Targeted versus universal prevention. a resource allocation model to prioritize cardiovascular prevention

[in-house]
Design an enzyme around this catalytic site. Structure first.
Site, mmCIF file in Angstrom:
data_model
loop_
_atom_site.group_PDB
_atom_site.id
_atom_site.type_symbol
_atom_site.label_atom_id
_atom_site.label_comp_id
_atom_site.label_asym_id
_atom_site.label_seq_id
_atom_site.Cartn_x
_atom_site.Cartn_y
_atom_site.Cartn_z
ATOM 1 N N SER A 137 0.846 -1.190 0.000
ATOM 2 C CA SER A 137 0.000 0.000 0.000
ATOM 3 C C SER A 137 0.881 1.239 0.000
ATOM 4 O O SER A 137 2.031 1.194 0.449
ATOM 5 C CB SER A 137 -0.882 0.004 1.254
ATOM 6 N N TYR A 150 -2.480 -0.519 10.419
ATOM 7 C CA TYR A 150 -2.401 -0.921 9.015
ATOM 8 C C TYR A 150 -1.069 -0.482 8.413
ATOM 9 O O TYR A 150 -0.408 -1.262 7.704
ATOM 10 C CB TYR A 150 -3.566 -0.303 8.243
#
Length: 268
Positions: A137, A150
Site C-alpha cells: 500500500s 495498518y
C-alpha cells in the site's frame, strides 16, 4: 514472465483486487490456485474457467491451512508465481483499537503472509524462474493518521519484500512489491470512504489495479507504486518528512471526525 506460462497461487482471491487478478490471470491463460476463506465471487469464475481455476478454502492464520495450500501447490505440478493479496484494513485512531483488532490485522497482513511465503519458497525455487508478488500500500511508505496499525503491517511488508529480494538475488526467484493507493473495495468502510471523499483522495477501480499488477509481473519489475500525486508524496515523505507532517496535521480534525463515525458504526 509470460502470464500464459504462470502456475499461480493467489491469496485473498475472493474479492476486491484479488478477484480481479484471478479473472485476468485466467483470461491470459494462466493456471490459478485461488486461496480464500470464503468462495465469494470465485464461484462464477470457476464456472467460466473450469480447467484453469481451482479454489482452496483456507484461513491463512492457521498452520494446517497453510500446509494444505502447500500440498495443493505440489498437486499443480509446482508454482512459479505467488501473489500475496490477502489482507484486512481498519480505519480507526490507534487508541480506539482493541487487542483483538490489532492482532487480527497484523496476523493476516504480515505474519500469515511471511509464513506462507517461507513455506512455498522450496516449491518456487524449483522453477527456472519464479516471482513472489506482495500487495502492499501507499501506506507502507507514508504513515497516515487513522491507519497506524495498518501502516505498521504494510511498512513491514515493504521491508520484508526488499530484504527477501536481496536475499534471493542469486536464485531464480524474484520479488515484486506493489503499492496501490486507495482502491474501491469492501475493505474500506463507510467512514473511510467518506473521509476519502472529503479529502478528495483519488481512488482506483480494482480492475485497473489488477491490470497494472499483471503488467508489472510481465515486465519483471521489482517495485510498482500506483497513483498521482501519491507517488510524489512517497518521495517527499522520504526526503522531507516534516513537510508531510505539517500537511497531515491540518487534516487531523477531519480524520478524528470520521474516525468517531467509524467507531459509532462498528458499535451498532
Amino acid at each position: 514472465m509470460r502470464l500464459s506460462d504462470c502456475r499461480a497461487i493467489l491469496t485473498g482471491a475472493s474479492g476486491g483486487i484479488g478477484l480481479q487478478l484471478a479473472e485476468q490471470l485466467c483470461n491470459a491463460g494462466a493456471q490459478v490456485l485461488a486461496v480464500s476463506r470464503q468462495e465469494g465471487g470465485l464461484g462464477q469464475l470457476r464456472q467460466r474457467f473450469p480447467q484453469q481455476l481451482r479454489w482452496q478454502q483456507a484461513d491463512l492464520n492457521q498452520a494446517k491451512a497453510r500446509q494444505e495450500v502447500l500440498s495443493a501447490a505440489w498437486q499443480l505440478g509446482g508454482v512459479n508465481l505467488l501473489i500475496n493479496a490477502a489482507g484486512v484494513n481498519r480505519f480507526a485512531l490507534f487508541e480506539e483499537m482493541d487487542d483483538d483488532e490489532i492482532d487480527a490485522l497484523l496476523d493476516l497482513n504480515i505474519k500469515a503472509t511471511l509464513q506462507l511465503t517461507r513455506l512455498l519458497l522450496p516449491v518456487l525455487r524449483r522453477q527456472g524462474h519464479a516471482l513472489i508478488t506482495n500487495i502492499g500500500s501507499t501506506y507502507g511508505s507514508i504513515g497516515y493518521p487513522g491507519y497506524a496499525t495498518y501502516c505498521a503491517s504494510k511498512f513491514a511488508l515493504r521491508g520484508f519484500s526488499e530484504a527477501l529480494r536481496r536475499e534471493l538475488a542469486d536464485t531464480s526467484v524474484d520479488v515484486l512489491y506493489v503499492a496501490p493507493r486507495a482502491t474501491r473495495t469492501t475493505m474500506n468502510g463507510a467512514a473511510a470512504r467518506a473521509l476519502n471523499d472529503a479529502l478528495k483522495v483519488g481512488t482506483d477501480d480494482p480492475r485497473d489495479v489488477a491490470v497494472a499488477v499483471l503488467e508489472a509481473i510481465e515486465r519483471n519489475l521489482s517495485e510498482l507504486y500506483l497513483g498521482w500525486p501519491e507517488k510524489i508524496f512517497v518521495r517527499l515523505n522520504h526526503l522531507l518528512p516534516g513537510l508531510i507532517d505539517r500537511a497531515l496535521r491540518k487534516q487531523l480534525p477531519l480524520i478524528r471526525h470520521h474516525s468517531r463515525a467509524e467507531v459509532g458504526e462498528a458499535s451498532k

BACKGROUND Several interventions can be applied to prevent complications of type 2 diabetes. This article examines the optimal allocation of resources across 4 interventions to treat patients newly diagnosed with type 2 diabetes. The interventions are intensive glycemic control, intensified hypertension control, cholesterol reduction, and smoking cessation. METHODS A linear programming model was designed to select sets of interventions to maximize quality-adjusted life years (QALYs), subject to varied budget and equity constraints. RESULTS For no additional cost, approximately 211,000 QALYs can be gained over the lifetimes of all persons newly diagnosed with diabetes by implementing interventions rather than standard care. With increased availability of funds, additional health benefits can be gained but with diminishing marginal returns. The impact of equity constraints is extensive compared to the solution with the same intervention costs and no equity constraint. Under the conditions modeled, intensified hypertension control and smoking cessation interventions were provided most often, and intensive glycemic control and cholesterol reduction interventions were provided less often. CONCLUSIONS A resource allocation model identifies trade-offs involved when imposing budget and equity constraints on care for individuals with newly diagnosed diabetes.